Art hell is a state of mind…and a negative one at that. It is the opposite of ‘brimming over with ideas’. It is contrary to having the satisfaction of creating what you want and feeling deep contentment. Rather than being in control, you know you are out of it.
Art hell is my term but it may also be known as artist’s block, writer’s block or creative block. It doesn’t necessarily mean that there are no new ideas; rather, that you don’t want to do any of them. When little seedlings of ideas germinate, a big foot (like on Monty Python’s Flying Circus) stamps from above and flattens them.
It is when you can’t trust your artistic judgement. You finish a new piece and you don’t know if you love it or hate it. Is it that this drawing has gone beyond your usual boundary and you haven’t caught up? In other words it could be ‘the shock of the new’ therefore you can’t yet evaluate it. Or is it simply a picture which failed to thrive all along. You actually don’t know. You can’t tell one way or the other. Probably yes. Probably no.
You ask yourself ‘what do I feel deeply about right now that I wish to work on next?’ Honest answer – ‘nothing’. You can have files and files of new material but they don’t elicit any emotion. Within those photos you took are compositions for new drawings. You will see them later when the current bout of art hell is over. But while you are in it, the critic within says NO.
It isn’t depression or anxiety. It isn’t life threatening or a real crisis. It is only art hell. It need not be feared for it is always temporary. You don’t have to do anything. You wake up one morning and, just like that, your optimism is back. Until then, well, you’re in it.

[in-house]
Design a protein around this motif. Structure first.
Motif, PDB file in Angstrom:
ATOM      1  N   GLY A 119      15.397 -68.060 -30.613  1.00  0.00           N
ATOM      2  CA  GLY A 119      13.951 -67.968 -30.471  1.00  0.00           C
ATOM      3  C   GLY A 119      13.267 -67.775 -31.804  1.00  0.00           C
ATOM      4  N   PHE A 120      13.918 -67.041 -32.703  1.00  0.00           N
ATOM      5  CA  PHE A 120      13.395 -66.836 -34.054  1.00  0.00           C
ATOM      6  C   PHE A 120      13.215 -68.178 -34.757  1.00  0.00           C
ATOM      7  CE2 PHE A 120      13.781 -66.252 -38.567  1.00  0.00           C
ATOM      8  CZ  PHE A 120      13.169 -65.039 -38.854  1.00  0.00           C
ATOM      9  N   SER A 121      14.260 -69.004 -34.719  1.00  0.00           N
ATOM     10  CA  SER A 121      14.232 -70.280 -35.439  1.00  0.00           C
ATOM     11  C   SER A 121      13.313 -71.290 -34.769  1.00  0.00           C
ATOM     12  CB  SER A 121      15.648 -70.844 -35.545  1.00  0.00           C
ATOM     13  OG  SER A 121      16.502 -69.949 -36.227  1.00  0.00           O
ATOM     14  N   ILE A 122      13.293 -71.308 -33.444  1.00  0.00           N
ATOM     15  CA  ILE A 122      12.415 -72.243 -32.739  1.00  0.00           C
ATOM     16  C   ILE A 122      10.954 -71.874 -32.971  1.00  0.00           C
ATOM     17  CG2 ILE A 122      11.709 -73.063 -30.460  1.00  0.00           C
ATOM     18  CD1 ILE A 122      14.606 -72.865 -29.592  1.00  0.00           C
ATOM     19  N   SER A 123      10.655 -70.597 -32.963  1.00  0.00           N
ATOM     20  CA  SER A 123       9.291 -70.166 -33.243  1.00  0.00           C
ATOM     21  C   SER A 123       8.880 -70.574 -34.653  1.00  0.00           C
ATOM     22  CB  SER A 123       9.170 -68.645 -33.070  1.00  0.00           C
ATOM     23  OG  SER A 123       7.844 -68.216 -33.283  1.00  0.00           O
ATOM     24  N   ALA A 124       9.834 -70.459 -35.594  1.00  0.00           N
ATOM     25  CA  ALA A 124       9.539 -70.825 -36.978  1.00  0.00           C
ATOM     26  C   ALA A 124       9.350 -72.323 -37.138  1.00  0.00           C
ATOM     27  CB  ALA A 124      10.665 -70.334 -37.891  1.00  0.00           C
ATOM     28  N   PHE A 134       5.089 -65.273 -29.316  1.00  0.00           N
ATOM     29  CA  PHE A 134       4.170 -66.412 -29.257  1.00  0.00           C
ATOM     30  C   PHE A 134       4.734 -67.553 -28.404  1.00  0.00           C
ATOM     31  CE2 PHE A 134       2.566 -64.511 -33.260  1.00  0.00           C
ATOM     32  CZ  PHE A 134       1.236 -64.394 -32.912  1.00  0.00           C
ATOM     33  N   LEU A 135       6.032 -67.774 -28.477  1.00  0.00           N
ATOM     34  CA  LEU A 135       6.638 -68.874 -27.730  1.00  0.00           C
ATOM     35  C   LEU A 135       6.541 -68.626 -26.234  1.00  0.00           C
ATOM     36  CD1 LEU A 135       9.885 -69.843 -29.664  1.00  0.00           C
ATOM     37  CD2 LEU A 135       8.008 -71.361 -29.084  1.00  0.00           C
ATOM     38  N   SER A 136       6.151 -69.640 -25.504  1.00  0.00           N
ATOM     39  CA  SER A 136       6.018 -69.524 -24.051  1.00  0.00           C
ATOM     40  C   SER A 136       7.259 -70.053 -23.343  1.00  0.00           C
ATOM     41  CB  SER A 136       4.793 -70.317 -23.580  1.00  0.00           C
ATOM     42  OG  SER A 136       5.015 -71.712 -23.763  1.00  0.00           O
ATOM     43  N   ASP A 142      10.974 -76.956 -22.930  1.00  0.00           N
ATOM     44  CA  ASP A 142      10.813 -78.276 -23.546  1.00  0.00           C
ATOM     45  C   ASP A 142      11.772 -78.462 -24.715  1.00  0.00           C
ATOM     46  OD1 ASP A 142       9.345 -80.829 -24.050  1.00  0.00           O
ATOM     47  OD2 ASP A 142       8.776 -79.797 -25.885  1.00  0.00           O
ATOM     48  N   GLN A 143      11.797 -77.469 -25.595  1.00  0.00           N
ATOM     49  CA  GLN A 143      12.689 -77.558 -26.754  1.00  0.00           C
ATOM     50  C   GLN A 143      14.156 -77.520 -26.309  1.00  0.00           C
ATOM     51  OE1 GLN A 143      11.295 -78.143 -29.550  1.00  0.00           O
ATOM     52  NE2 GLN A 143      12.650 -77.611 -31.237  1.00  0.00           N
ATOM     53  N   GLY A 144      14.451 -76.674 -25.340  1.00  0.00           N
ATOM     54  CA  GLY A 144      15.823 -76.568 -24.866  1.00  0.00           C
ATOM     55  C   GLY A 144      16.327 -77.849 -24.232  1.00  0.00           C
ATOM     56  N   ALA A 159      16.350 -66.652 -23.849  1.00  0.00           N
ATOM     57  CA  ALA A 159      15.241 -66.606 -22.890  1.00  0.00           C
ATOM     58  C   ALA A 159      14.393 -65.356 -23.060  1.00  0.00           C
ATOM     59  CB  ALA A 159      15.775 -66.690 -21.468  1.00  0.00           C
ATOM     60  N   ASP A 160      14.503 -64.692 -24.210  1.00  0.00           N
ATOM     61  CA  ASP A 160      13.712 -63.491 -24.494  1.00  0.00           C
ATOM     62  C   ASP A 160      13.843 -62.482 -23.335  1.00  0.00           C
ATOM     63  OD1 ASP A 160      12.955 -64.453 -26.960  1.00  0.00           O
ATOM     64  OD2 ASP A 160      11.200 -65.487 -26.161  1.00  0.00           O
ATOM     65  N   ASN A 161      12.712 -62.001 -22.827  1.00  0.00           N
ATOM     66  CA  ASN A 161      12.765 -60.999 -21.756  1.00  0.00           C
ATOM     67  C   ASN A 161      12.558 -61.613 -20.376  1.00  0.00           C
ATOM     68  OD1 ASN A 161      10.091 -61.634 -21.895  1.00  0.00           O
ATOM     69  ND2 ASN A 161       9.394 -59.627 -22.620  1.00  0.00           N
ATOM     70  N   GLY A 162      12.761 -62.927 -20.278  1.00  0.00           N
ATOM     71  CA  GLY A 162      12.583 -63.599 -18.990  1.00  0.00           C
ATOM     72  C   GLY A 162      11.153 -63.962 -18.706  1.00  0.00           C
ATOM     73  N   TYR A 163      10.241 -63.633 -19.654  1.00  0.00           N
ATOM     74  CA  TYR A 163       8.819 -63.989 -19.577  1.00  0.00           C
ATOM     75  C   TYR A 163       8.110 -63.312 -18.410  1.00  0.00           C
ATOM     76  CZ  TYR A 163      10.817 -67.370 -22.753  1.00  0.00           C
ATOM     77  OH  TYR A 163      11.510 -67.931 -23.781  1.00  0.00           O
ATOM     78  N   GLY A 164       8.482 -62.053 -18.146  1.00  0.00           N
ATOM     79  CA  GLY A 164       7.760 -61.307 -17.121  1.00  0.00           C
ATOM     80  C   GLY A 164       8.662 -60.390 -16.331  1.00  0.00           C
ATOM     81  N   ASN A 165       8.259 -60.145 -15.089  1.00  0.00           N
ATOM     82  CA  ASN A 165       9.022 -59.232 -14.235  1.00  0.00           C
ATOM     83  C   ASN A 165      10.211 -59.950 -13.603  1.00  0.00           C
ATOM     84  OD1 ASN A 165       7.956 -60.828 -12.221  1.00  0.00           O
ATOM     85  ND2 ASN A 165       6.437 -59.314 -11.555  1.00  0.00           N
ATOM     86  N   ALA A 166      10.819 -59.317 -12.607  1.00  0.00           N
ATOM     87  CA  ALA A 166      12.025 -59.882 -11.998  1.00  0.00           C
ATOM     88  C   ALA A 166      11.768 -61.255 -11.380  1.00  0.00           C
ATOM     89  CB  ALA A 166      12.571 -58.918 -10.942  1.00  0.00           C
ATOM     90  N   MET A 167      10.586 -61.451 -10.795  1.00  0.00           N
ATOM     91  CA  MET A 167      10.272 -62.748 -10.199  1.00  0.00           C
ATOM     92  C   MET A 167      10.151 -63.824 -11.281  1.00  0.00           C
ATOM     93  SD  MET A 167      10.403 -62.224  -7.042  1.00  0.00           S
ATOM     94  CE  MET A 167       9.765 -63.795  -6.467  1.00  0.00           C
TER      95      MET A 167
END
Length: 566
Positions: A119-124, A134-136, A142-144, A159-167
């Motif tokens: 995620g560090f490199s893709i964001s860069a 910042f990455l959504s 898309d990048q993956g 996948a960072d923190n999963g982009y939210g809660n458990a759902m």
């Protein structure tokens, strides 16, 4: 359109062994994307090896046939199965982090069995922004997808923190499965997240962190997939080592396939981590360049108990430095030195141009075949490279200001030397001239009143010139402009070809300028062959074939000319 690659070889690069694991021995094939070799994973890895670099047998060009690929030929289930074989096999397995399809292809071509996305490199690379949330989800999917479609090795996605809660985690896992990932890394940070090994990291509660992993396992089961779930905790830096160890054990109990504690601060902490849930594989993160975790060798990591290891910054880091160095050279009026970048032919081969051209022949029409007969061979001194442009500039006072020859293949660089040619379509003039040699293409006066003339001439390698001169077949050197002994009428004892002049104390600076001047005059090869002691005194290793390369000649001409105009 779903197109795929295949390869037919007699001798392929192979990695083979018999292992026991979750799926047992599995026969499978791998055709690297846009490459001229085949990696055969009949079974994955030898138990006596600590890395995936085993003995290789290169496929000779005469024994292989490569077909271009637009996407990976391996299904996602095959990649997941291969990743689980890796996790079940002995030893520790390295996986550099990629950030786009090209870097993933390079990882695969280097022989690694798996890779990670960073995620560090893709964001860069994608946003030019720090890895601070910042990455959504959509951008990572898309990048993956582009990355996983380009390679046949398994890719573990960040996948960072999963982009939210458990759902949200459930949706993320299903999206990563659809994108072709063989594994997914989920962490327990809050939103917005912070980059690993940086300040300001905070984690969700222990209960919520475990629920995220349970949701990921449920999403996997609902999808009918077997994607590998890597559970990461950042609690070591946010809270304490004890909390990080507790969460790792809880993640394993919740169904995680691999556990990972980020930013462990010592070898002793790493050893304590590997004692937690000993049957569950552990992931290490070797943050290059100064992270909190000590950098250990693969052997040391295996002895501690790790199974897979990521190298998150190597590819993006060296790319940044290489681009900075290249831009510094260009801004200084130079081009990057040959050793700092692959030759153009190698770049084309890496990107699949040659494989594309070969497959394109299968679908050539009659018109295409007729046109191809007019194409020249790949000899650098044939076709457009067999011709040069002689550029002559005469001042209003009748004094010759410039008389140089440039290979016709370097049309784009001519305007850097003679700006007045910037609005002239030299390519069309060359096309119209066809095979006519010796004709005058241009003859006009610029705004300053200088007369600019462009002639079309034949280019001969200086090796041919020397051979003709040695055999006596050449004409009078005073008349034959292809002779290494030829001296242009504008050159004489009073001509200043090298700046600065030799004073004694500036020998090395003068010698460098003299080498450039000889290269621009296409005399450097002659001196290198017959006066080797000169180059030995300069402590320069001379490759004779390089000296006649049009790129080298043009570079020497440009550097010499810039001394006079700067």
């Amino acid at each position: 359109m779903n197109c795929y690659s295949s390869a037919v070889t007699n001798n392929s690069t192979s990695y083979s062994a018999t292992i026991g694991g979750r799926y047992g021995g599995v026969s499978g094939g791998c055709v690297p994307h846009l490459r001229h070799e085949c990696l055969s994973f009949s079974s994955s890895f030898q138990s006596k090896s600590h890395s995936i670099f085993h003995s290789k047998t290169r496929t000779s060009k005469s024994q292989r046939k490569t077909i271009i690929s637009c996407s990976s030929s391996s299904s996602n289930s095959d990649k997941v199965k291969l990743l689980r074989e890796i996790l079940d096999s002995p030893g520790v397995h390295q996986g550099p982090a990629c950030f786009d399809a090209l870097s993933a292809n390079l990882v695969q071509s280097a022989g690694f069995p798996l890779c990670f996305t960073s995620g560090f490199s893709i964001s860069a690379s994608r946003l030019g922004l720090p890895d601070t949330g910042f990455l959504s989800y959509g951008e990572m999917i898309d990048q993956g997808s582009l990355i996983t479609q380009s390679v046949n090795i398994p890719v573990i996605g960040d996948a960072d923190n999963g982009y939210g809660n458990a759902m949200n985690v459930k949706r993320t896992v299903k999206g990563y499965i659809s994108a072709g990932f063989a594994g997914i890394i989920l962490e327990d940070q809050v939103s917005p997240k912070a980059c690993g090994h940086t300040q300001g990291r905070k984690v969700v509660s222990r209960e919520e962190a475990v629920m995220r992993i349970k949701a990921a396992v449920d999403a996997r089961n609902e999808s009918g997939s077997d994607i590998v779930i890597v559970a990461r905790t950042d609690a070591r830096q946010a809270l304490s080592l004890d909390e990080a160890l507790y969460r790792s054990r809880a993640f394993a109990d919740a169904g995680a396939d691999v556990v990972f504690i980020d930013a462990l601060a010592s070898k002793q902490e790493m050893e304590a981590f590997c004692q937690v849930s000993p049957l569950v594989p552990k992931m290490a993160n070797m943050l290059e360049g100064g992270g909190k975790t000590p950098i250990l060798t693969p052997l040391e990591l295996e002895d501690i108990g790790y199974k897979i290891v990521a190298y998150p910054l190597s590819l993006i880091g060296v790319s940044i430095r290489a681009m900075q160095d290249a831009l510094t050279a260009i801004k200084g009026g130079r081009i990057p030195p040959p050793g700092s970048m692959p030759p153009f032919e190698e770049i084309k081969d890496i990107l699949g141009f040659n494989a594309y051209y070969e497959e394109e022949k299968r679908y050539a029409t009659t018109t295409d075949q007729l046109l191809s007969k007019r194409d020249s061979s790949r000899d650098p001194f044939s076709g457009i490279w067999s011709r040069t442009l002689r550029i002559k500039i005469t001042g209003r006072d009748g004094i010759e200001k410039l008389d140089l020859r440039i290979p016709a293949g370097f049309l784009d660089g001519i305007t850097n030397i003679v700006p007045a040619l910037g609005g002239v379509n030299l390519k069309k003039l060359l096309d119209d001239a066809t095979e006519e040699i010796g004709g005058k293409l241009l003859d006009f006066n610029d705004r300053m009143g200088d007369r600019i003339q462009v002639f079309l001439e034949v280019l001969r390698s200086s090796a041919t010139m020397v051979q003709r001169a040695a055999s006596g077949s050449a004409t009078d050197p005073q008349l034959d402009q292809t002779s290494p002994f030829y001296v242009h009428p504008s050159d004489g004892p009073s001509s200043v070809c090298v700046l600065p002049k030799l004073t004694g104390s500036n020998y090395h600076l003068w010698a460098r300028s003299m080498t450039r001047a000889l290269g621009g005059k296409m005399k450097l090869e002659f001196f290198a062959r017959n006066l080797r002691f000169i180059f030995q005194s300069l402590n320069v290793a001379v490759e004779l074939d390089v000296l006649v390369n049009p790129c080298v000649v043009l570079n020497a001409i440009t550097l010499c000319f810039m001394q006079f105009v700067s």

In the meantime you go for walks, garden, clean the house, read, write miserable entries into your journal, see a film, have coffee with friends and whinge to long-suffering husband.
Art hell and I go way back. I can even remember it from high school; in fact, since ‘art’ was a subject. It wasn’t a subject in primary school. So, as far as I can remember, art hell hadn’t really developed then. It grew enormous at art school but settled back down to just being part of life’s natural cycle since then.
Oh – but for one exceptional day at Karori West Normal School when our teacher decided that our class would have a whole day of art and craft. He brought in so many materials; driftwood from Makara Beach, shells, paints, papers and cards, string, glue, wire, printing equipment – you name it. I felt under so much pressure to produce something good that I remember it as one big art hell day. Maybe my first one?! I was nine. Happily, some parents complained. They didn’t want their children wasting time on art for a whole day. So it wasn’t repeated.
Certainly writing this down has helped to ease the current bout of art hell. I think perhaps tomorrow it will be over. Until then…I wonder what’s on TV?
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